Lawsuit in US shows fresh evidence to nail Union Carbide role in Bhopal gas disaster

 

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A man pulls out plastic sheet from the mound that once used to be the tailing pond of the company where UCIL dumped toxic waste water. Photo: Soma Basu

 

Plaintiffs in a lawsuit against Union Carbide Corporation (UCC) for the Bhopal gas tragedy have released new evidence that allegedly demonstrates the chemical company’s direct role in designing and building the pesticide plant in Bhopal, India. Leakage of a deadly poisonous gas from the plant in 1984 caused the worst industrial disaster in modern times.

The new evidence was submitted in the Southern District Court of New York in January in the case, Sahu II v. Union Carbide Corporation, a federal class-action lawsuit filed by residents of Bhopal where land and water continue to be contaminated by waste that was released from the now defunct chemical plant. A previous lawsuit—Janki Bai Sahu I v Union Carbide, 04-cv-08825— was dismissed last year after a US court found insufficient evidence against Union Carbide. Union Carbide and its former chairperson Warren Anderson were found “not liable” for environmental remediation or pollution-related claims made by gas disaster survivors near the plant.

Union Carbide, now a Dow Chemical subsidiary, has refused to clean up the site claiming that its former Indian subsidiary (Union Carbide India Limited) bears sole responsibility.

“The victims, recently, also sued Madhya Pradesh government, which leased the land on which the plant was built, for permitting clean up of the contaminated site which has polluted the drinking water supply of nearby residential areas. The state government has made no provisions for proper disposal of waste,” according to a release by EarthRights International, a US-based non-profit.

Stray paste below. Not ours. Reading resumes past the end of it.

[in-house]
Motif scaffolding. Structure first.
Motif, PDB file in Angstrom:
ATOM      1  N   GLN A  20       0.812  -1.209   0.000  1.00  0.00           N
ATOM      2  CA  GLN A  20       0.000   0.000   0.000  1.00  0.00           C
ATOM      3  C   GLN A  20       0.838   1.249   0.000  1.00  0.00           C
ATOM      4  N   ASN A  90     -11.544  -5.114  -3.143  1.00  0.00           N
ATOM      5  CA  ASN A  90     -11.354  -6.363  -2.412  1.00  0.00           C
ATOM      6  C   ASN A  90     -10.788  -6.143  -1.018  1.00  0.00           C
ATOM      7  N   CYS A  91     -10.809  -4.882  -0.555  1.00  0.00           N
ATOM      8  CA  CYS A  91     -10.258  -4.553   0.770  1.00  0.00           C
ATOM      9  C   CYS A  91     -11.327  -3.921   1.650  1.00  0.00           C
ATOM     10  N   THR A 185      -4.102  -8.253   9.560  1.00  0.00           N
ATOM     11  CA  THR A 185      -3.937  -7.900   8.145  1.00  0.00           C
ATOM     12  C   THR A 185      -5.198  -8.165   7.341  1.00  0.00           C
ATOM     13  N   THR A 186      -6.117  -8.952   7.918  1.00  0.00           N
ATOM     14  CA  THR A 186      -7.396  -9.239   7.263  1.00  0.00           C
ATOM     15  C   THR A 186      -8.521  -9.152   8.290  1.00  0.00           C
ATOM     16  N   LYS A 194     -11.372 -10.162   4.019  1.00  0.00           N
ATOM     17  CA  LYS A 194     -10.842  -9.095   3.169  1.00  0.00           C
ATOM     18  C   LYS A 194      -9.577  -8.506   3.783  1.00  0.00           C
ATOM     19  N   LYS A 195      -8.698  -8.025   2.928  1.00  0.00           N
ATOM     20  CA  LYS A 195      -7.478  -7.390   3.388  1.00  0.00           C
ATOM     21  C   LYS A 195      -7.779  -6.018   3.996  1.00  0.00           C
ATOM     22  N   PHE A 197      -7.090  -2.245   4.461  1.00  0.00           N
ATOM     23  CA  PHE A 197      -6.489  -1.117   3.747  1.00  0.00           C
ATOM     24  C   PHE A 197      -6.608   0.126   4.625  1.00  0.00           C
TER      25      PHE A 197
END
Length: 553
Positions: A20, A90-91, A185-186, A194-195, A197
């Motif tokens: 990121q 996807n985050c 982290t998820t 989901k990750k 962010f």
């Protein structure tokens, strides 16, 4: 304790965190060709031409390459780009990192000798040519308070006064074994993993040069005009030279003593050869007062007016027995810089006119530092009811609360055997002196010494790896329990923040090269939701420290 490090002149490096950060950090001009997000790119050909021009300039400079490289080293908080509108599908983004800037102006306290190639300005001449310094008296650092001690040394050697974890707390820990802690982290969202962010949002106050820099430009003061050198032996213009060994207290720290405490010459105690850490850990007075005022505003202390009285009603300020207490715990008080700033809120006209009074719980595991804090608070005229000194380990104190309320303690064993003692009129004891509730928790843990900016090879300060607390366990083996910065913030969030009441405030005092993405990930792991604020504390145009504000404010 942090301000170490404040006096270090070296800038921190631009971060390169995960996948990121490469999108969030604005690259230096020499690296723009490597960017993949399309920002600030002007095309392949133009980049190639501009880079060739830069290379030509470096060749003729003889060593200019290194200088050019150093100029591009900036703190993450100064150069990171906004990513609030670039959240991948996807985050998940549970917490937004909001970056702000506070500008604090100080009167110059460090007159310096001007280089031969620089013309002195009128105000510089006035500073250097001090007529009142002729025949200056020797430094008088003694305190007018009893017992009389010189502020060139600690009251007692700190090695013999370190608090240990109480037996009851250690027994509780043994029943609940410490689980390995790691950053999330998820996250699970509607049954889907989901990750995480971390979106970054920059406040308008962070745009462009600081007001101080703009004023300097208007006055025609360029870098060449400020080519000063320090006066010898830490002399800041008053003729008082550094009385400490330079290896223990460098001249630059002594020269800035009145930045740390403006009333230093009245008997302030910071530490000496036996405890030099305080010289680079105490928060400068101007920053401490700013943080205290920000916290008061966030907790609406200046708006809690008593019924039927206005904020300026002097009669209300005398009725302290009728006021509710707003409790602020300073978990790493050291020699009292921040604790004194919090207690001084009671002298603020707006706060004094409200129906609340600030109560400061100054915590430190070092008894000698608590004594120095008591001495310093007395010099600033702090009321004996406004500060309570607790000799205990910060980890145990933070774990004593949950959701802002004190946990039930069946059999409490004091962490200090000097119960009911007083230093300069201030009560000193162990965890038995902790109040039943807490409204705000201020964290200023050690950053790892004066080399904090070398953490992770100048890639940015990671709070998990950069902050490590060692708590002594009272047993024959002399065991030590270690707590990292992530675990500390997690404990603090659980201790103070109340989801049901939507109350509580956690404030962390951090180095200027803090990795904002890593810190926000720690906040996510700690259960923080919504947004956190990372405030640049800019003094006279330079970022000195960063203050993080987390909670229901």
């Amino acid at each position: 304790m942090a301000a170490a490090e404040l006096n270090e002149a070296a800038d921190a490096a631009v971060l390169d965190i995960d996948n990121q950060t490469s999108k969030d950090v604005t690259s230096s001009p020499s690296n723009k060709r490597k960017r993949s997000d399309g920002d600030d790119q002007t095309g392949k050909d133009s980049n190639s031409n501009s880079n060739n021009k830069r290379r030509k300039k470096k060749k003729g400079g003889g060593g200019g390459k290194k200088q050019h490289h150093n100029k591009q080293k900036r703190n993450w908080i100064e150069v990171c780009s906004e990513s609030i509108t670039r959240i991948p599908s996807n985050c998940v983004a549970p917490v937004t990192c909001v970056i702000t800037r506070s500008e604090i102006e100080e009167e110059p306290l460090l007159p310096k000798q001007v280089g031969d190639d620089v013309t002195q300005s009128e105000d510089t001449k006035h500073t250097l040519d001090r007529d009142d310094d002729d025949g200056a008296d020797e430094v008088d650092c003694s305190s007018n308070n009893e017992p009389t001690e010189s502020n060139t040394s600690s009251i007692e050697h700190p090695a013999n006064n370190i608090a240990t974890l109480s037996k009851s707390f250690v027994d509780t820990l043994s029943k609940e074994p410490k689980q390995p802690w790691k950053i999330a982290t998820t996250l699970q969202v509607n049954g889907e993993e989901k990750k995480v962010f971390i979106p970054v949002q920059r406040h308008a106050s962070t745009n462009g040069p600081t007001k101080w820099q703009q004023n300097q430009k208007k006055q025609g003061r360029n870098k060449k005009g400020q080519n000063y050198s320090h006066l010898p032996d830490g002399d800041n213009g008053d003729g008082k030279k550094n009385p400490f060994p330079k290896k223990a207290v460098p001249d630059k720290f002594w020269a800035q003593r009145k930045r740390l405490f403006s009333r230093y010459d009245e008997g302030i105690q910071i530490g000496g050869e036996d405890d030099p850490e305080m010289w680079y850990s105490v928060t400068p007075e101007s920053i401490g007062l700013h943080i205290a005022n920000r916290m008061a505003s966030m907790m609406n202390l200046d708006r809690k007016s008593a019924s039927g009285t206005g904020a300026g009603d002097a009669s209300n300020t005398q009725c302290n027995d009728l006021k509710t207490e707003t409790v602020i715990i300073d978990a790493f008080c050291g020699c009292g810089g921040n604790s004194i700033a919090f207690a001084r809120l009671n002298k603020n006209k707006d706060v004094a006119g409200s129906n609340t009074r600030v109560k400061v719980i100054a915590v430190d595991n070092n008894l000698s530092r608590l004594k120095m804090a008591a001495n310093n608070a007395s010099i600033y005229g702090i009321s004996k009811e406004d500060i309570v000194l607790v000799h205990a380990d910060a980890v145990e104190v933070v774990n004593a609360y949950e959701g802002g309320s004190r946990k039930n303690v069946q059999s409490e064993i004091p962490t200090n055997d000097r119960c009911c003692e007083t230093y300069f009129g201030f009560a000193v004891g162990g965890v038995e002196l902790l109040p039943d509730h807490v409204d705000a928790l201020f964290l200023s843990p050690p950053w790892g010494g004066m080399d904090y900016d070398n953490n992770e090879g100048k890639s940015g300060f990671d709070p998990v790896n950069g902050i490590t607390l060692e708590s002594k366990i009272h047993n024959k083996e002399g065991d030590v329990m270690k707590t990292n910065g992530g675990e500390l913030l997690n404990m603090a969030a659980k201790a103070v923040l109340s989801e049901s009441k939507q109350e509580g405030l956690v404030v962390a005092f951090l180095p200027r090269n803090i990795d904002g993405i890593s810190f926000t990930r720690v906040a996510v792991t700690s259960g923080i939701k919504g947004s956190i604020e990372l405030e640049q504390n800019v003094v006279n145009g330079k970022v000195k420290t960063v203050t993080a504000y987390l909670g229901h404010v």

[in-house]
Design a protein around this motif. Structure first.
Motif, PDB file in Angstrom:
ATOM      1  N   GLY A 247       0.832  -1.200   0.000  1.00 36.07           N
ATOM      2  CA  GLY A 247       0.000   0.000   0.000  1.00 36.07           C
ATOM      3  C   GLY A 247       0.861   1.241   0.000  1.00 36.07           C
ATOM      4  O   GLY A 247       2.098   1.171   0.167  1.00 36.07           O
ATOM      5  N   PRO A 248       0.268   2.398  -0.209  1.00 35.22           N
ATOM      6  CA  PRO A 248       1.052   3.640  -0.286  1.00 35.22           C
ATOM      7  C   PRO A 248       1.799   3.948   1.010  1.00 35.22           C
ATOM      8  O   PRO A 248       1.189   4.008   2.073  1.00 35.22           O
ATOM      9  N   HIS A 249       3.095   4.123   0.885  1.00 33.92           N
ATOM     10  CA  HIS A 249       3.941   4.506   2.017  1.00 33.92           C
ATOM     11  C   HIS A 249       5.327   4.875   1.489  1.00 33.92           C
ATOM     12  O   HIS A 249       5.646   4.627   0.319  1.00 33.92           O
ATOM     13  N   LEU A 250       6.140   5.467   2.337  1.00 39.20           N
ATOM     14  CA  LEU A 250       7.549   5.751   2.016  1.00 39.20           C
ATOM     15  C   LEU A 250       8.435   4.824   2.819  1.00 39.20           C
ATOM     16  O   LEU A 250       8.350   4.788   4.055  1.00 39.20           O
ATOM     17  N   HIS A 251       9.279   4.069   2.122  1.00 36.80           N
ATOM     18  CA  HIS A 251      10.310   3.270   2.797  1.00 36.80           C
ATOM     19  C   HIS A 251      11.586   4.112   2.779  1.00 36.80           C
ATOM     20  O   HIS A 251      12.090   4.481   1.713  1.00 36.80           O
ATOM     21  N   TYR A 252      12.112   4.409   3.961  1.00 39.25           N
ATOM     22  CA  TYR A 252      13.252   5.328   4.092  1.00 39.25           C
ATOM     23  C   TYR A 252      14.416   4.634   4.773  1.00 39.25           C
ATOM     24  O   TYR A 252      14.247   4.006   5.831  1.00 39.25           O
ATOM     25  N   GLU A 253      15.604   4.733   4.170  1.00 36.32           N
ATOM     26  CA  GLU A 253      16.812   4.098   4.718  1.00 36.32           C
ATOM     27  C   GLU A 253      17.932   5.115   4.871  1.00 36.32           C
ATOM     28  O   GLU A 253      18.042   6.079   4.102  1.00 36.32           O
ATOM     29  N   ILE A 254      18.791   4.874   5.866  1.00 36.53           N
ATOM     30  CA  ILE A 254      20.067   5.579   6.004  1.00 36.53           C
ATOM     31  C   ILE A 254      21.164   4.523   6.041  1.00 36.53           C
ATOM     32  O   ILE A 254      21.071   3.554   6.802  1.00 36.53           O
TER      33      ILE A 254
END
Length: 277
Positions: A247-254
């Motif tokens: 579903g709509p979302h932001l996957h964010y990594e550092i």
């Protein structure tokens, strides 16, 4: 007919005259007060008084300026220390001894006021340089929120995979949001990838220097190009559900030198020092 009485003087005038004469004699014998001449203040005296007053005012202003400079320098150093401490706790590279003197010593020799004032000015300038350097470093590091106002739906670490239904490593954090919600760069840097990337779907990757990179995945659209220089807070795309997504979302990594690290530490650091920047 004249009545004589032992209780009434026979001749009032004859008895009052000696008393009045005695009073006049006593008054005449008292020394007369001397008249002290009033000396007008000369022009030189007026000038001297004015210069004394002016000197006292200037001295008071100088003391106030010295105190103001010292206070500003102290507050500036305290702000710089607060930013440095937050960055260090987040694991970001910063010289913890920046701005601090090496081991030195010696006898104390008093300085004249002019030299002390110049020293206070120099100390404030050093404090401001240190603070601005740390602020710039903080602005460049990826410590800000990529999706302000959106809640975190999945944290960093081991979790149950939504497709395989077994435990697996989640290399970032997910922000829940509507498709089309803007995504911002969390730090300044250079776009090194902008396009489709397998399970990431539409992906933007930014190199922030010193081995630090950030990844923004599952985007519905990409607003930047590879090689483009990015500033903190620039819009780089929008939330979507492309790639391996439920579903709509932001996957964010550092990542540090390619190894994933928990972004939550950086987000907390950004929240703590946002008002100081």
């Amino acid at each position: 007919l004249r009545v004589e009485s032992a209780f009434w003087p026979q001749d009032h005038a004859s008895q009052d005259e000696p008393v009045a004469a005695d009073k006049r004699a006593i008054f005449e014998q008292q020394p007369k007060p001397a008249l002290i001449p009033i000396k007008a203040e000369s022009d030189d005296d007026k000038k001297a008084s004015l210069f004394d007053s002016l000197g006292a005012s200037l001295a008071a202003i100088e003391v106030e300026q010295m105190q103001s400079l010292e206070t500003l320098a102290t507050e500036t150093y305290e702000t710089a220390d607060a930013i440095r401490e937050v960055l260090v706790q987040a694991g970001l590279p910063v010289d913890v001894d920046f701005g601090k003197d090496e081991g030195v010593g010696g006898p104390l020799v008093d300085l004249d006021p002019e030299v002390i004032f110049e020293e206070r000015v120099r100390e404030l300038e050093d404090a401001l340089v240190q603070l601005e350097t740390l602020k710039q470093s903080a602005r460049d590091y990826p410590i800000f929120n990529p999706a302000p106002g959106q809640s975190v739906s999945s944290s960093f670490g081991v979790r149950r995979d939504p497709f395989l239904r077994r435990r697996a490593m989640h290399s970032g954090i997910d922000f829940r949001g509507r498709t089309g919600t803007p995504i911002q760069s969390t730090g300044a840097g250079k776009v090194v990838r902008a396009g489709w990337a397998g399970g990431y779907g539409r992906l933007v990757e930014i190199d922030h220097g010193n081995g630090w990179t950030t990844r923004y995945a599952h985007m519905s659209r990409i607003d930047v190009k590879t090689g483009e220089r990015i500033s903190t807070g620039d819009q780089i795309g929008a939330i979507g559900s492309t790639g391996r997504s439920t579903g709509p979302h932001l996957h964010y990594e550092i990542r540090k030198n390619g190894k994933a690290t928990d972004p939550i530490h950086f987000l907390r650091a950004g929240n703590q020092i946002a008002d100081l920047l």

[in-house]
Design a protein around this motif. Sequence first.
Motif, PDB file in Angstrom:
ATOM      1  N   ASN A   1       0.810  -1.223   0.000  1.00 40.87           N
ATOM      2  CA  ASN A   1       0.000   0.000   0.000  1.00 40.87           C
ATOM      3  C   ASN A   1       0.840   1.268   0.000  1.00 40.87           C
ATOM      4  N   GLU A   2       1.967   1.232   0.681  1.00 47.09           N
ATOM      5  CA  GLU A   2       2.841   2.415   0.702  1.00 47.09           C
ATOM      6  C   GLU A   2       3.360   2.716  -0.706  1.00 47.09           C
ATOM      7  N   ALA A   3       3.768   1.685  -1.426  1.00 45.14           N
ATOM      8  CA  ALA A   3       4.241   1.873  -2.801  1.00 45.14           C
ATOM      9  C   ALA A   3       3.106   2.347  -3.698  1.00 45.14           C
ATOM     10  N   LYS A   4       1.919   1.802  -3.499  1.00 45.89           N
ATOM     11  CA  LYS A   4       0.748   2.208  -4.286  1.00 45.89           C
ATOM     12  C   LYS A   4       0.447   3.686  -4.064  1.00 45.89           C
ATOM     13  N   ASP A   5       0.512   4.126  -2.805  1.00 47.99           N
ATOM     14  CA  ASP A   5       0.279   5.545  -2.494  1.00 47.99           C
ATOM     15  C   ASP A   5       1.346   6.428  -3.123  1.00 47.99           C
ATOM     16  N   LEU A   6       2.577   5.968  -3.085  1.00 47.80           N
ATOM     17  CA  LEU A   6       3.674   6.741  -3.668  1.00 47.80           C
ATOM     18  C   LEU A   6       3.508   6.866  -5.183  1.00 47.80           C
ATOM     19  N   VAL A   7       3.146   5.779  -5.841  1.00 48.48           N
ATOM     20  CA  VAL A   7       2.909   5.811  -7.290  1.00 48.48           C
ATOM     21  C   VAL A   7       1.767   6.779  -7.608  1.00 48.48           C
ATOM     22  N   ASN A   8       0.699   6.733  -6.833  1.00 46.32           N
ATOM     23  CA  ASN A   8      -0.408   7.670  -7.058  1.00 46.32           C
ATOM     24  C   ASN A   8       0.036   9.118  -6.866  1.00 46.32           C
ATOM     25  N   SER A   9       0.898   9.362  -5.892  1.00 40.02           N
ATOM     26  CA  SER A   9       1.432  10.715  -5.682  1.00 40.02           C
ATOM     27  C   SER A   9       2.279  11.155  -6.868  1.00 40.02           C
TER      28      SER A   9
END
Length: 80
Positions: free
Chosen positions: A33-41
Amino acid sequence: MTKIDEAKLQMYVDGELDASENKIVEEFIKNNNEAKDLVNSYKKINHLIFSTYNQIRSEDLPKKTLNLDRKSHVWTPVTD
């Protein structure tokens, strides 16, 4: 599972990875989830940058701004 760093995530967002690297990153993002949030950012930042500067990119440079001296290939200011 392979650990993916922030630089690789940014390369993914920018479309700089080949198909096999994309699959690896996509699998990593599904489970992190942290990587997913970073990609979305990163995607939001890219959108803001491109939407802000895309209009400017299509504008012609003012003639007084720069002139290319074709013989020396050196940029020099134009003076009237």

The new evidence, consisting of statements from former Union Carbide and Union Carbide India employees, as well as evaluations by experts in waste disposal systems, establishes that the design used by UCC for the plant and its waste management system was faulty and has caused the ongoing toxic waste problem in Bhopal.

The evidence also shows that it was a Union Carbide employee who oversaw and approved construction and design of Union Carbide’s plan for the plant.

“This evidence demonstrates that Union Carbide was intimately involved in every aspect of designing and building the Bhopal plant, including the waste disposal systems,” said Rick Herz, counsel for the plaintiffs and litigation coordinator for EarthRights International, a US-based non-profit.

Co-counsel Rajan Sharma, of the New York law firm Sharma & Deyoung, added, “These families have been living with Union Carbide pollution for decades and they deserve justice.  Union Carbide has refused to submit to the jurisdiction of India’s courts and asserts that American courts may not grant relief without the participation of the Indian government.”

The plaintiffs have also sued Madhya Pradesh, which now owns the Bhopal site, to compel its cooperation in the cleanup of the contamination.  As of today, neither the Government of India nor the State of Madhya Pradesh has appeared before the US court.

The Sahu II lawsuit is No. 07 Civ 2156 in the Southern District of New York. In addition to EarthRights International and Sharma & Deyoung LLP, the plaintiffs are represented by the Law Offices of Curtis V. Trinko.

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